Anne Thomas is a teacher who was living in Sendai, Japan at the time of the massive earthquake and tsunami. A letter that she sent to her friends and family, describing resilience and cooperation amid the devastation, went viral.
"If someone has water running in their home, they put out sign so people can come to fill up their jugs and buckets," she wrote. "People keep saying, 'Oh, this is how it used to be in the old days when everyone helped one another.' . . . Somehow as I experience the events happening now in Japan, I can feel my heart opening very wide. My brother asked me if I felt so small because of all that is happening. I don't. Rather, I feel as part of something happening that much larger than myself. This wave of birthing (worldwide) is hard, and yet magnificent.
Still in Sendai, Anne kept writing letters, which are now being published in a book. A year after the tsunami, she sends this update:
Dear Family and Friends,
It seems hard to believe it has been a year since the Great Japan Earthquake and Tsunami came rumbling through, causing so much havoc and dismay. So much has happened since that tumultuous time, and so much has yet to be done. But where are we now? How are things one year later?
Change is very uneven. So the way you would answer that depends on where you are. In Sendai life bustles. Construction is going on everywhere. Old buildings are being torn down or repaired. New places are springing up. Water and sewage systems are being replaced and roads repaired. It is definitely a city rebuilding itself, and stands proud in the process.
But step outside the city proper or look deeper than physical reconstruction, and things can be very different. Last year, of course, there were seas and mountains of rubble, thousands of people in shelters, and rescue work in full swing. Now much, but not all, of the immediate debris has been cleared away, leaving huge tracts of empty space with only frames of houses left to show where thriving neighborhoods once stood. Evacuation centers have reverted to their original purposes – schools, hospitals, and community centers. And now temporary houses have sprung up along the entire coast and within cities. Some are in small groups with a few families, others almost like villages. But the clearing up of the debris continues almost non-stop and the remains of bodies are still being uncovered.
Happily, ever so slowly people are being allowed to open temporary shops, housed in structures similar to the new homes. These small establishments are in clusters, making small restaurant alleys or teeny arcades of shops for fish, vegetables, or tea.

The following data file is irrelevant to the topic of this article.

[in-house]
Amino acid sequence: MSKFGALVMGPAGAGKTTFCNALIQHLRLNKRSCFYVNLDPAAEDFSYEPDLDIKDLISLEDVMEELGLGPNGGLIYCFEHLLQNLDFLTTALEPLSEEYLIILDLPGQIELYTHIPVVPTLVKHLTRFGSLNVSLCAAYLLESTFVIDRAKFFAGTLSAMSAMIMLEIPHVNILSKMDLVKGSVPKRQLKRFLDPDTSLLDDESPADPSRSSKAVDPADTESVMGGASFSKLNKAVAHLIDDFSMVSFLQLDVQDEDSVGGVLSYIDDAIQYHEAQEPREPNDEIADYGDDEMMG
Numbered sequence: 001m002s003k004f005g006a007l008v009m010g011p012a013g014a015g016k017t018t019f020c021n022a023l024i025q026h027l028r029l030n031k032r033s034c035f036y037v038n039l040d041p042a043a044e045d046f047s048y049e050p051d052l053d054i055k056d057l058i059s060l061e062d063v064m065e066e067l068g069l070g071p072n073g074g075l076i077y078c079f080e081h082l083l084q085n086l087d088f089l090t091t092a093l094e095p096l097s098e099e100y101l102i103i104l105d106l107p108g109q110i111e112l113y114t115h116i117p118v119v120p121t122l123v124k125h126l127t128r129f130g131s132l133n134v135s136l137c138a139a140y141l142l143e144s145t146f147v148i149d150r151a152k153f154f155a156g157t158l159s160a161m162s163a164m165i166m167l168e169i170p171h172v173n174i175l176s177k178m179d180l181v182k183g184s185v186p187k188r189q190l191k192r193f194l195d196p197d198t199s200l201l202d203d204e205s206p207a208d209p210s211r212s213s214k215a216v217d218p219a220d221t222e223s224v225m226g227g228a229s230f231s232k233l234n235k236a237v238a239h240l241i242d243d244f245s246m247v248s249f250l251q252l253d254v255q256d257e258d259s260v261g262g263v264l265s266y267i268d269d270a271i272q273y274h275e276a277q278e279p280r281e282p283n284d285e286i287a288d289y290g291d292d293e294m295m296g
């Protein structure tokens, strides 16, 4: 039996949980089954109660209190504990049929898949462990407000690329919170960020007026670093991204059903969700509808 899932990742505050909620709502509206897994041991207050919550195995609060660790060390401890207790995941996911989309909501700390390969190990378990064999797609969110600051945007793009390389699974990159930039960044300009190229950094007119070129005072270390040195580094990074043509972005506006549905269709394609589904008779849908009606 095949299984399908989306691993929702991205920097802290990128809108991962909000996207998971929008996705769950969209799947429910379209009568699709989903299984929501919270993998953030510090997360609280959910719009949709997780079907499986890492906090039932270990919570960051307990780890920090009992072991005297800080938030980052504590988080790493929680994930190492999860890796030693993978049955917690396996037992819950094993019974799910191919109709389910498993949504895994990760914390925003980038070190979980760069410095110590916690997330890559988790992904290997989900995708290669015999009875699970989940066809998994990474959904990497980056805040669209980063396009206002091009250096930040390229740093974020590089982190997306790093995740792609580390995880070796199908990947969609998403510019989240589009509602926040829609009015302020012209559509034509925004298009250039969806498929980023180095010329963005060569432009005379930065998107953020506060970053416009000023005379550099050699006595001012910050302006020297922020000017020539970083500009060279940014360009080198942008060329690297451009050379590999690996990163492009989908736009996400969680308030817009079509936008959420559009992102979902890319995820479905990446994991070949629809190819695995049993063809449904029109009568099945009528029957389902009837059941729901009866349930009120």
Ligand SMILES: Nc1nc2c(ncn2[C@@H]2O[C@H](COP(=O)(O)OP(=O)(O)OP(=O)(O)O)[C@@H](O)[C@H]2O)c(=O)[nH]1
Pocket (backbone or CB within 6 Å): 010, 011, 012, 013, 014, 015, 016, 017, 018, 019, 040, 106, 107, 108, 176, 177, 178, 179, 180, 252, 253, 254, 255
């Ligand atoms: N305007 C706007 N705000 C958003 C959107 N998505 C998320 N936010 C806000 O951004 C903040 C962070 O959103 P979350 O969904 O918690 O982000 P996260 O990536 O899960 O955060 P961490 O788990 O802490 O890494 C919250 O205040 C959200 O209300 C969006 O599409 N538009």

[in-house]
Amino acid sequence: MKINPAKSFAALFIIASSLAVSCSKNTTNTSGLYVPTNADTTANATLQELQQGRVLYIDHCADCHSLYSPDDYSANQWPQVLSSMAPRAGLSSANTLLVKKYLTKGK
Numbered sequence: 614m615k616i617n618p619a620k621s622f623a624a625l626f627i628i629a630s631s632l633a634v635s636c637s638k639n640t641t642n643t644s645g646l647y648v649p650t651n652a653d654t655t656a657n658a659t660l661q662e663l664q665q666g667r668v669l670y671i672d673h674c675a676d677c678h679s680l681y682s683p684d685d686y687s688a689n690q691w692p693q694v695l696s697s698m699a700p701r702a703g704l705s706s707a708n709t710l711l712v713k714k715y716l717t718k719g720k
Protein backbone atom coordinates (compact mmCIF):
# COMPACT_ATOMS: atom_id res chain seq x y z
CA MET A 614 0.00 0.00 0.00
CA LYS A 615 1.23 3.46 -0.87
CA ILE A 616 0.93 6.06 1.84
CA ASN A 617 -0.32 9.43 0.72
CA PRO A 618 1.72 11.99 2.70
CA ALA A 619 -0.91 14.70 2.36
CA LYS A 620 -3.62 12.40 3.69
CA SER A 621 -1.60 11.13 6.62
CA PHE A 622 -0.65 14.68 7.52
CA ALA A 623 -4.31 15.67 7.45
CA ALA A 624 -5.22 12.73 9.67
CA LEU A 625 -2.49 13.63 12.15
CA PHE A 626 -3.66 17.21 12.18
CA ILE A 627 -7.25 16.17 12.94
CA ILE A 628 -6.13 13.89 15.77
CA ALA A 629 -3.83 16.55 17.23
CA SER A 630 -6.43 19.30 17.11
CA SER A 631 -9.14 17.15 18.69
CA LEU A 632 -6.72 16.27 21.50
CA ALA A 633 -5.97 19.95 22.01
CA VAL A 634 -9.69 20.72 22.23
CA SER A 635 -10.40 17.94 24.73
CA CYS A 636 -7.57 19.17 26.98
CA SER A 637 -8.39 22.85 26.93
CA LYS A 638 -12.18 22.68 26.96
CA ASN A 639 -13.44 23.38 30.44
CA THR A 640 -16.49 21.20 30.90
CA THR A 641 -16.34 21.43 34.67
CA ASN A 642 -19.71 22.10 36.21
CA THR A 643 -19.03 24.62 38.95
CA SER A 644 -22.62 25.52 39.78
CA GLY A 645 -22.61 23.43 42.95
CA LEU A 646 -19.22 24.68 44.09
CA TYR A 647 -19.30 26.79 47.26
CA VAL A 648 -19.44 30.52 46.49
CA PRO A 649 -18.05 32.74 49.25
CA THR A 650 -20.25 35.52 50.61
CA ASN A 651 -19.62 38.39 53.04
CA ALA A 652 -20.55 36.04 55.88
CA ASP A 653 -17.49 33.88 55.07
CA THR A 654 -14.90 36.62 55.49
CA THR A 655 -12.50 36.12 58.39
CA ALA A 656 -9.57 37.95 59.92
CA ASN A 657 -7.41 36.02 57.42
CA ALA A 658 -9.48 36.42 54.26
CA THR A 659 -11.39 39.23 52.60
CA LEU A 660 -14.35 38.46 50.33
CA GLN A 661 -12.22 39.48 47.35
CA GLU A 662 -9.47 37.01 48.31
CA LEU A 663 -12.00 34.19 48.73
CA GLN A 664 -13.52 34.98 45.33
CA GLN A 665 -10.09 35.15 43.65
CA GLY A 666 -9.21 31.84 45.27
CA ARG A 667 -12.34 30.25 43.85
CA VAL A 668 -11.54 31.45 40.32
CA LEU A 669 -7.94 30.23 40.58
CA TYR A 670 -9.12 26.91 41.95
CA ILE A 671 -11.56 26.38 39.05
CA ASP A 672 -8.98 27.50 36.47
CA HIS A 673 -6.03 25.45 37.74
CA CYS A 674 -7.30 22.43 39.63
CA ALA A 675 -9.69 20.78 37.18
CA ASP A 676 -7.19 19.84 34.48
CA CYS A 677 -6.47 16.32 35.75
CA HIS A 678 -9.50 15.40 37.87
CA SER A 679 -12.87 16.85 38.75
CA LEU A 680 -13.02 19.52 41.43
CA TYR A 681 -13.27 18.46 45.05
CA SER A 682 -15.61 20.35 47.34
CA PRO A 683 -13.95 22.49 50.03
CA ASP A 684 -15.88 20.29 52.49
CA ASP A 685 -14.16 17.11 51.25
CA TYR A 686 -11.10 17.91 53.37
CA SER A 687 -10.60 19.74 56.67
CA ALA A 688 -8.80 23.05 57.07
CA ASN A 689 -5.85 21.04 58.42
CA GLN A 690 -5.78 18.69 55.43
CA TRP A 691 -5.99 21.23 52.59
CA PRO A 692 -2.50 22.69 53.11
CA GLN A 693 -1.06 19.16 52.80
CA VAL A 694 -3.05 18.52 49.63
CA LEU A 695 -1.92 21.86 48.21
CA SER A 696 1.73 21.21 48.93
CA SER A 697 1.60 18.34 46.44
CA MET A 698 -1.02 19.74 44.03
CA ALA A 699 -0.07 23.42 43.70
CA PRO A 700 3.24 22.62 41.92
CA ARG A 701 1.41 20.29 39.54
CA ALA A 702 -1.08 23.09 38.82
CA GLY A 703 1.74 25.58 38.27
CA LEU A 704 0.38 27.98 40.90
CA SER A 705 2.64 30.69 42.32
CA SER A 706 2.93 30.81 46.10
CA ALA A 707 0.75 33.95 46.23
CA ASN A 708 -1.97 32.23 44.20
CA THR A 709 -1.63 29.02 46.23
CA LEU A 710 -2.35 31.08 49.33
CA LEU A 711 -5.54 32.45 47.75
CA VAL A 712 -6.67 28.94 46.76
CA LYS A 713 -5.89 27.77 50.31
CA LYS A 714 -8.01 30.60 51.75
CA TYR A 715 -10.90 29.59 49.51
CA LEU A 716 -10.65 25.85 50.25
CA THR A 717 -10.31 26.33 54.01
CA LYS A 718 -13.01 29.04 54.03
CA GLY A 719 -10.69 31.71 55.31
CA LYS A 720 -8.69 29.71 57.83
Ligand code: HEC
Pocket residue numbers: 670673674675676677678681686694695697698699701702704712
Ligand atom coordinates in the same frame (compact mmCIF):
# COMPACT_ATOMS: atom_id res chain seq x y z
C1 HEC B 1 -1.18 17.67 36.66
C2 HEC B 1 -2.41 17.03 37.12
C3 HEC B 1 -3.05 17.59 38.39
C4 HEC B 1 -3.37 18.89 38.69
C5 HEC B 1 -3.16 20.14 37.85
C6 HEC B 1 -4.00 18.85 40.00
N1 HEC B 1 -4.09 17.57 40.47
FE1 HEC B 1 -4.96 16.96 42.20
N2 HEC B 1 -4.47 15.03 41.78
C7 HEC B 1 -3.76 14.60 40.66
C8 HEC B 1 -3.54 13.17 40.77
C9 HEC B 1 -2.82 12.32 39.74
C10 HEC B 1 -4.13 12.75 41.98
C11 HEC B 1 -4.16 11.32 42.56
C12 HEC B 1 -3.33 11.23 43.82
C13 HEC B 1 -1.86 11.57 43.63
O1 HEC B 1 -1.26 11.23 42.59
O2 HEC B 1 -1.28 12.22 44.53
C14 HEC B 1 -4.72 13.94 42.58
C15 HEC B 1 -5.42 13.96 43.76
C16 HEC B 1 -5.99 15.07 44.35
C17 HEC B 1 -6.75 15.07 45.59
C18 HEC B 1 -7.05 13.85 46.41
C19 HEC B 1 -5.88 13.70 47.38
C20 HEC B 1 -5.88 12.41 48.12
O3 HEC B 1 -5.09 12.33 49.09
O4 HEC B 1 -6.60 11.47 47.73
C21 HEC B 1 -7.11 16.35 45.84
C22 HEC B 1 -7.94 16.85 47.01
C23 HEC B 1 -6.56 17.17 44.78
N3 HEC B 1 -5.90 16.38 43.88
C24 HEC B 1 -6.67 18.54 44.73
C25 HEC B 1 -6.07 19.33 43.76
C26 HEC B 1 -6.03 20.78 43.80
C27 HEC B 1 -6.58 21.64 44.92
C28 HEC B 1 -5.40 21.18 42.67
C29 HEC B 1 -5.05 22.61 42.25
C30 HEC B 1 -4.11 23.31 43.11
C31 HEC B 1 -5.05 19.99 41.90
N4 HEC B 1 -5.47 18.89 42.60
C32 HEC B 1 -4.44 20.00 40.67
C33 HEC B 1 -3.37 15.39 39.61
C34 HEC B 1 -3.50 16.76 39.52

“We are so thankful for this opportunity to work again,” one man told me. “It gives us hope. But we can be here only two years. Then we have to stand more on our own. Can we do it? I don’t know. The entire backbone of our economy, fishing, has been broken. It will take a long time, say ten years or more, before we are back to where we were. That is, if we ever get there. Our future is so uncertain. We have today. Only that. I have this shop. I hope it does well. I hope we all do well. We are supporting each other. But we need other people’s support, too. Thank you for coming to my shop today.”
Other people are not as fortunate. The economic situation in this region is very depressed. Thousands are still without work; hundreds are homeless. Displaced people from Fukushima have flocked to Sendai and live in rickety old dormitories, waiting, hoping to someday be allowed back home. But the fishing and farming industries, the basis of that once-welcoming prefecture, are in shambles. People just shake their heads and say, “poor souls” whenever Fukushima is mentioned.
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Depression is on the rise, and suicides. So volunteers are being trained as “Listening Counselors.” They go and simply listen, lending support as people pour out their woes and try to work through the confusions of their current lives.
Everywhere there is still a strong urge to support and help others. The magnificent supportive beauty so overtly apparent a year ago is still with us. But the general feeling now is one of deep sadness, or of waiting. Sadness and wonder. Waiting and determination. And also hope that comes from the strong belief that if we try hard enough, we can make things better. And we make every effort to find the courage to accept what life gives us and find reasons to be grateful.
Coupled with the darkness and depression of these times, there is a sense of promise. Priorities have shifted. Values are more basic, more connected to people. Gratitude for small things once taken for granted finds a place in every home.
The other day I went to visit friends and their new baby. “She is our future,” they proudly said to me. “And she is our contribution to Japan’s future, too. That is why we named this teeny sparkle of hope what we did: Niina, “Encircled in a Rainbow.”
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